I wasn’t always vertically challenged. In fact, by sixth grade I had shot up to five feet, three inches, taller than any other student – boy or girl – in class.
My parents I’m sure, feared they had spawned some aberrant female who would continue upward progress toward who knew what heights.
As dad stood all of five feet six and mom barely brushed five feet two, they probably looked upon me with some alarm.
Two years later they stopped worrying. In those days pupils graduated from eighth grade and then matriculated into high school. In that eighth grade rite-of-passage photo I am the shortest in the class.
I had lots of dates in high school. That’s really true. But that wasn’t because I was the cutest thing going. That was because I was short.
Blind dates were rife then, and I had lots of them. I’d get mom to answer the door bell, welcome the young man and invite him to have a seat while she “fetched” me.
I sat on the edge of the bed staring at two pairs of shoe styles which were the alpha and omega of teen footwear in the 1950s.
Mom would come in the bedroom chirping “Barbara your date is here.” Then she’d either give me thumbs up or thumbs down.
I’d slide into the appropriate four-inch spike heels or the flat ballet slippers in front of me on the floor. (Those poor heels rarely got to go out on the town.)
I finally cottoned on to the prevalent pre-date negotiations. For instance, the opening salvo: “I’ve got this great friend. He’s good looking, a marvelous dancer and has his own car!”
The question: “How tall is he?” The answer: “Five foot four.”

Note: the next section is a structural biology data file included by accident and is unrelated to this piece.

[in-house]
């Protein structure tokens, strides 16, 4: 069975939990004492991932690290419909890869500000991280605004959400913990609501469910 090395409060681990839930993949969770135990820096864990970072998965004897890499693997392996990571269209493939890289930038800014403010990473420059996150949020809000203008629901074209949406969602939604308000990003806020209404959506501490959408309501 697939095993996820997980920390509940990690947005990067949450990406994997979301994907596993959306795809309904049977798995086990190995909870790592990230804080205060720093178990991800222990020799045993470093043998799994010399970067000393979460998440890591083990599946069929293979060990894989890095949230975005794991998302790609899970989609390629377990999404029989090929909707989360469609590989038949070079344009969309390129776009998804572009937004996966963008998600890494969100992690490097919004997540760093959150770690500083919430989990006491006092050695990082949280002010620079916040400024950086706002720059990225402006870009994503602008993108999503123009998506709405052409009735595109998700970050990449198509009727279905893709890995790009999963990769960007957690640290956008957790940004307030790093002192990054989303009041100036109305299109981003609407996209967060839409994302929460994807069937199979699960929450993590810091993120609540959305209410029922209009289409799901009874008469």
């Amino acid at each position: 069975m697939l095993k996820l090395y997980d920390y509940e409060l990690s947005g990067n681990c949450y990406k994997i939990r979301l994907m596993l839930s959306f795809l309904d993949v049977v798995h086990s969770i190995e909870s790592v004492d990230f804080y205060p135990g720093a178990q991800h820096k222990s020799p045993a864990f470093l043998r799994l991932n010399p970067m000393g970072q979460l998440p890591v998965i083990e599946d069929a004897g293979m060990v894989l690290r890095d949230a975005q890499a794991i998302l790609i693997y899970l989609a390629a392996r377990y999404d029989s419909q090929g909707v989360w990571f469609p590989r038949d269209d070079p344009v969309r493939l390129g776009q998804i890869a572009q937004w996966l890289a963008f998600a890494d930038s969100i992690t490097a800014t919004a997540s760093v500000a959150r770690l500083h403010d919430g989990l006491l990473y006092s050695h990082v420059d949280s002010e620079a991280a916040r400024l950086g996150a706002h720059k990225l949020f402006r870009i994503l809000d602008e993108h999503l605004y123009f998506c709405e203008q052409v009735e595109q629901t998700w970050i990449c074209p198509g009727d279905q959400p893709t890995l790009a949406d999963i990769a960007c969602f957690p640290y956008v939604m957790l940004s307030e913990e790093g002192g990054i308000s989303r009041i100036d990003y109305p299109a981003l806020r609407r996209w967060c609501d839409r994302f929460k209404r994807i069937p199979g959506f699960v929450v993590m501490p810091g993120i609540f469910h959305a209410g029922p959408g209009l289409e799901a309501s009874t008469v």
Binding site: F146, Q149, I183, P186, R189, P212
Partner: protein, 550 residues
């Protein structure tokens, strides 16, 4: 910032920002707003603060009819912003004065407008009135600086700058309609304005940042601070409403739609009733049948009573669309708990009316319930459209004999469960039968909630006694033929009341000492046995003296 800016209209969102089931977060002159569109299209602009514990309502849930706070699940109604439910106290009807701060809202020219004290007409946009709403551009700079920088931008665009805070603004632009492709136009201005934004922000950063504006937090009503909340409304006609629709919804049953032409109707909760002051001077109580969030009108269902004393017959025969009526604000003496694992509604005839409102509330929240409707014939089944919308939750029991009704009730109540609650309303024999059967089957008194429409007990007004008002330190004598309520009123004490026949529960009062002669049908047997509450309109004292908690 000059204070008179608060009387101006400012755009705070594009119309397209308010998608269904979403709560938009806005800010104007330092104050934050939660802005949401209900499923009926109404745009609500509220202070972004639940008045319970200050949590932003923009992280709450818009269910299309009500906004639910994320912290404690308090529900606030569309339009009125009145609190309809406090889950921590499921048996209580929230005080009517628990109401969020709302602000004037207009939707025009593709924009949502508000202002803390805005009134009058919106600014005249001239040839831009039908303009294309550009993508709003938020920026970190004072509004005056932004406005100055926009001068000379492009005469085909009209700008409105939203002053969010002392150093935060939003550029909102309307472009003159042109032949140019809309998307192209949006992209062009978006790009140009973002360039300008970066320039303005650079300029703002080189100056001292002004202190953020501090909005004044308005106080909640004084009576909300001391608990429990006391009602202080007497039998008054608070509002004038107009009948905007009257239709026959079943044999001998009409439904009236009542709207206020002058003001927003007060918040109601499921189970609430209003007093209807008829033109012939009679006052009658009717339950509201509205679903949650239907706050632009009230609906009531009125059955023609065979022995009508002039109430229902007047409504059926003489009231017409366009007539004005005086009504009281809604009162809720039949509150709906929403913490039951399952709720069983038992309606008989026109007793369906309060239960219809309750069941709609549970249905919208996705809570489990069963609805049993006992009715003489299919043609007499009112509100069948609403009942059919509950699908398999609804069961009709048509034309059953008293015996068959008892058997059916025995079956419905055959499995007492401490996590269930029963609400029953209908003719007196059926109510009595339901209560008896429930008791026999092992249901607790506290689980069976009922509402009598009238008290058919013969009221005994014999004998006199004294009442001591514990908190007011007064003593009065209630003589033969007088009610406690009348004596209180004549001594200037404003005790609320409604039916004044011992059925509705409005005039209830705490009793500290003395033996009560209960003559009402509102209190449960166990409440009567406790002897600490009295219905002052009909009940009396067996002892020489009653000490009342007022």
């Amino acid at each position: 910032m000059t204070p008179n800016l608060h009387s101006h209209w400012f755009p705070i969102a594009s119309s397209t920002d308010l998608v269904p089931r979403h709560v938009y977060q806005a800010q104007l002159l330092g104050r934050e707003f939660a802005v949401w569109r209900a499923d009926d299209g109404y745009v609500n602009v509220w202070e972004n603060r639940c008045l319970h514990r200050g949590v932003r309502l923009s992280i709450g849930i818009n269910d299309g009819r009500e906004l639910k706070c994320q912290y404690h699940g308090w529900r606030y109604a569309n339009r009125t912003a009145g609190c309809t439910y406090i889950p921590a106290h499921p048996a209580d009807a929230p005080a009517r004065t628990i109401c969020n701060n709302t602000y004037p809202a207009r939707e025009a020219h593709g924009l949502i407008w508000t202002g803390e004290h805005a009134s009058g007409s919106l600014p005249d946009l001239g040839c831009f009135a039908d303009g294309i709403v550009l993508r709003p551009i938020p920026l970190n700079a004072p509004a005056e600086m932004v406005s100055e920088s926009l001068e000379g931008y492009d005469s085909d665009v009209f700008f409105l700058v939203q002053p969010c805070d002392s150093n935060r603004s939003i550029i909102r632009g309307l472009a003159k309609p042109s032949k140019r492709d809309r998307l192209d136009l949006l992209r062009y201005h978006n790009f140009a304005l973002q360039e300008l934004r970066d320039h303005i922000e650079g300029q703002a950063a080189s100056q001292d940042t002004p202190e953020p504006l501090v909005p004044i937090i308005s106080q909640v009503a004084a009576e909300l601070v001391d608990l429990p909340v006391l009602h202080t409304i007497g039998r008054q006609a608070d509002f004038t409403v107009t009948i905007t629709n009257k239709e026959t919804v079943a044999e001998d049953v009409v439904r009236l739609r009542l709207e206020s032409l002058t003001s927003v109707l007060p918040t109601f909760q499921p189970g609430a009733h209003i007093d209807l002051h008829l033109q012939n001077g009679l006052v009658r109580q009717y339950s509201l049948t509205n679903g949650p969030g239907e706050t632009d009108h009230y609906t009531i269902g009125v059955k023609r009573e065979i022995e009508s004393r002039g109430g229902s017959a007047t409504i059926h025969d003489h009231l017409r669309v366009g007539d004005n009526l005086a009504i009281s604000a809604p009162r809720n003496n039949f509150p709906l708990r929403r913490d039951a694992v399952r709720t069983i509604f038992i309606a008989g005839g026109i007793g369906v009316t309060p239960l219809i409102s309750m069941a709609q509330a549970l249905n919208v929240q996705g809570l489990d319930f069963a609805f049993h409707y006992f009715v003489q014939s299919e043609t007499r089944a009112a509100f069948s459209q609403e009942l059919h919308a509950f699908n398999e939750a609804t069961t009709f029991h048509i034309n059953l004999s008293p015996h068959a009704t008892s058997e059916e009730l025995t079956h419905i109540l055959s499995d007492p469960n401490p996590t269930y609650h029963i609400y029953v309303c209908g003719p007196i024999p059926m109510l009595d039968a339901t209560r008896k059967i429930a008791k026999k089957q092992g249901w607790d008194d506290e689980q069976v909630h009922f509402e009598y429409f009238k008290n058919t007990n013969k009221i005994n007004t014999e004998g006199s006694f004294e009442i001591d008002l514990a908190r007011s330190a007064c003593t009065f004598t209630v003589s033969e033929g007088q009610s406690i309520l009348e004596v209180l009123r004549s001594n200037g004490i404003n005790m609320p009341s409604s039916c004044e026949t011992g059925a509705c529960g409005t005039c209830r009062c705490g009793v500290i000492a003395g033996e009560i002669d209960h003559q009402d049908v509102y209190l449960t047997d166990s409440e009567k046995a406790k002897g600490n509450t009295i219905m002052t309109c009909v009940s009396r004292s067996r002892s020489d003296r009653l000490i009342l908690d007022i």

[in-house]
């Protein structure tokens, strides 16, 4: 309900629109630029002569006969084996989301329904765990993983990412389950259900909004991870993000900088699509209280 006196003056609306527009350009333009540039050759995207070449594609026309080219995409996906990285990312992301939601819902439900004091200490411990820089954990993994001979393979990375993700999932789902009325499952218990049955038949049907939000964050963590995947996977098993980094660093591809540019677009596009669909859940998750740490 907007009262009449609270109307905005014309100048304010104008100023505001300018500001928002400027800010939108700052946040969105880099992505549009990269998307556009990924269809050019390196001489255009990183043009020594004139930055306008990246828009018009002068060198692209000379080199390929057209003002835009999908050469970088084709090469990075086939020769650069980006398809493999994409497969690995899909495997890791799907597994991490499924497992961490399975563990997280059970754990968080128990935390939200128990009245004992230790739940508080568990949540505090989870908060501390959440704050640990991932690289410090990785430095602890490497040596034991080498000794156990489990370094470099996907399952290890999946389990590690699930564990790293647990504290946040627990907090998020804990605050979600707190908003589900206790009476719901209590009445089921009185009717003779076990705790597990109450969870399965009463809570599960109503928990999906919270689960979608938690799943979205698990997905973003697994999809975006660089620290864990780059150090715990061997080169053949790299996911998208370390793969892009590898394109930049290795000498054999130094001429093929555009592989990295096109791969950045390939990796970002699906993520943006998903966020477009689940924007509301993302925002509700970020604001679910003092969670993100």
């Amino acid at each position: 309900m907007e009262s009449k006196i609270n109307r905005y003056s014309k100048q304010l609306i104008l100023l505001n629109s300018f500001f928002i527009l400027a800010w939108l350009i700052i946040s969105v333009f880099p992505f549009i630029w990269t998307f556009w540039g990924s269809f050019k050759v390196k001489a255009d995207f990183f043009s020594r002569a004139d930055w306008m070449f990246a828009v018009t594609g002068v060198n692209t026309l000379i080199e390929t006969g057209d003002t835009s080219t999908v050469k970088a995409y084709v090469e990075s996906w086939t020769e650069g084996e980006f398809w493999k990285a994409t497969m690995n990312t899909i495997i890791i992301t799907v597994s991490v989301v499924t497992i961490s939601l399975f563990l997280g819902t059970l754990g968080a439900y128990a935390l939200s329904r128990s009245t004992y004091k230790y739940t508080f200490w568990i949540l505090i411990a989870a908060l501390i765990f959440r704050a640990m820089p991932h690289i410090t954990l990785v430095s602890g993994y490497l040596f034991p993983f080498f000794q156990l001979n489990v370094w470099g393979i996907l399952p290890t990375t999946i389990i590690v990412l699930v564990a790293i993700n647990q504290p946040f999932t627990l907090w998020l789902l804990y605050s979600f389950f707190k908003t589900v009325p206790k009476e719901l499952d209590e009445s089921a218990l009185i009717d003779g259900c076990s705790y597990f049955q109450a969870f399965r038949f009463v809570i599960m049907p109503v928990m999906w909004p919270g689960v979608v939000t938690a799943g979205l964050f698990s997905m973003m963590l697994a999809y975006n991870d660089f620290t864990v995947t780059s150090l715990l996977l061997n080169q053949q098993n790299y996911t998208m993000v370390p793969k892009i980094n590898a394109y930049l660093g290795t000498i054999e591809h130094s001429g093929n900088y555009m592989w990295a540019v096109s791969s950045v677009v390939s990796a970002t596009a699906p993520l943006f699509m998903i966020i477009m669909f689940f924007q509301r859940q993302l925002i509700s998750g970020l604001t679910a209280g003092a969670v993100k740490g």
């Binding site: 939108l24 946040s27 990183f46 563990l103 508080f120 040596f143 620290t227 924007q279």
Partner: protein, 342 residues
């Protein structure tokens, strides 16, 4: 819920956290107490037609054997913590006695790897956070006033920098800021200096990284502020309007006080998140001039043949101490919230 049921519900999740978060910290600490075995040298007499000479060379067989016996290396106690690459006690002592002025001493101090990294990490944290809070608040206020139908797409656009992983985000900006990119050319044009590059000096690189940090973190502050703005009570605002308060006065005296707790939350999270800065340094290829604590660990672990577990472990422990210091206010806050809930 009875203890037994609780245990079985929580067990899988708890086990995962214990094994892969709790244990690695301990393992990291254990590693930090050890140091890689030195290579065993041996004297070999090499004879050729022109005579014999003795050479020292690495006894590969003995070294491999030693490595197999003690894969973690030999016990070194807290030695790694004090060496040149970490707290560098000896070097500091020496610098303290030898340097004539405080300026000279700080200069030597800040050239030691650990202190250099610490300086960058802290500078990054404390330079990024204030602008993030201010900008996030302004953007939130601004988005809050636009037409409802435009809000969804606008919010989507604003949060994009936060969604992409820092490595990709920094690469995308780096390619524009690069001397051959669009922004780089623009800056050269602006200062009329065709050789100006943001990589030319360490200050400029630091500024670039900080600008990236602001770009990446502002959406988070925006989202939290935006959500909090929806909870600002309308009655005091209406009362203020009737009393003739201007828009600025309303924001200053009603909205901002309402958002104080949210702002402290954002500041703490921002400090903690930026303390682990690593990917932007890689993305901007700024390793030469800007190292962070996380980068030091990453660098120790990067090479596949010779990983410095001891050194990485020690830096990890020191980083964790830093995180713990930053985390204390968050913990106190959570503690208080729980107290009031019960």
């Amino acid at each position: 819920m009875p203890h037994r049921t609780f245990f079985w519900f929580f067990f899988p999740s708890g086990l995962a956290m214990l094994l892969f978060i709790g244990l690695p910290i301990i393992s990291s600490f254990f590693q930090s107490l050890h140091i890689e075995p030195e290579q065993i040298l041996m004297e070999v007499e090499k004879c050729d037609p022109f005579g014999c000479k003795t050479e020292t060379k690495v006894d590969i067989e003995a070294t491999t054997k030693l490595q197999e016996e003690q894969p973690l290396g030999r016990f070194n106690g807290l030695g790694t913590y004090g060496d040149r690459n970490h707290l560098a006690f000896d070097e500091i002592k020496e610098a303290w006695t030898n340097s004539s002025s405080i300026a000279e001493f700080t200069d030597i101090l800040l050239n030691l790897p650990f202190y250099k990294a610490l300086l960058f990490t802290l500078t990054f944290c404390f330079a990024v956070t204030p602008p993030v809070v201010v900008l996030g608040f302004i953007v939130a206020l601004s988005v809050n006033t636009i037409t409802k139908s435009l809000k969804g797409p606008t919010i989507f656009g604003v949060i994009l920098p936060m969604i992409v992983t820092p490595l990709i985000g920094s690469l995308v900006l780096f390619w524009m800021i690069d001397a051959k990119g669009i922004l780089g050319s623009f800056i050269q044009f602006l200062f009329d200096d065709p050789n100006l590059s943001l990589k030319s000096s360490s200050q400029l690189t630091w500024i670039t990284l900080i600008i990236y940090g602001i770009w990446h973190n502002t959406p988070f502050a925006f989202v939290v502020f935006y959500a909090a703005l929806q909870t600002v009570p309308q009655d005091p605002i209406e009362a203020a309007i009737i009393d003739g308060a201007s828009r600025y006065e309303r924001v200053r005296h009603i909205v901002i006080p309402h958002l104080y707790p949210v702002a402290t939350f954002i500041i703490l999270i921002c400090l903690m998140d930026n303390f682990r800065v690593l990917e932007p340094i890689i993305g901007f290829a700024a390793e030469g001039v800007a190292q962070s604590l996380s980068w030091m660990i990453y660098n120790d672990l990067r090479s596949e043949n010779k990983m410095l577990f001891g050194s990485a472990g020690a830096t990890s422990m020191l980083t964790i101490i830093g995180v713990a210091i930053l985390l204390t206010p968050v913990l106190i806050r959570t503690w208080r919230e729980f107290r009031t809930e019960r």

Deal struck: “Get Barbara.”
Now in the interest of full disclosure, I have to say those less-than-tall guys were some of the best dates I ever had. But I did long to need to strain my neck to look up into the eyes of my jitterbug partner. That finally happened with Jim.
For years I’ve known that about a fourth of the things I shop for are on the top shelf. If you see me standing in the middle of the grocery aisle, seemingly staring into upper space, I’m not having a senior moment, I’m waiting for some nice tall guy to come along and hand me the raisin bran.
A couple of years ago I had a physical and the nurse measured me at five feet.
“Nonsense,” I protested. “Your equipment must be faulty. I can’t possibly have lost three inches!”
Turns out I had. No wonder I was using a pillow while driving so I could see over, rather than peering through, the steering wheel.
Grandson Drew laid it on the line when he was about 12 when I cautioned him against growing so fast he would soon catch up to me.
He told me drolly: “That, Grandma Barbara, won’t be much of an accomplishment!”
I’m really not complaining – much. If I were four feet tall and had the same wonderful life with warm family and friends at 12 inches shorter, I’d still consider myself blessed.
I once heard a quote I liked a lot: “God only lets things grow until they’re perfect. Some of us didn’t take as long as others!”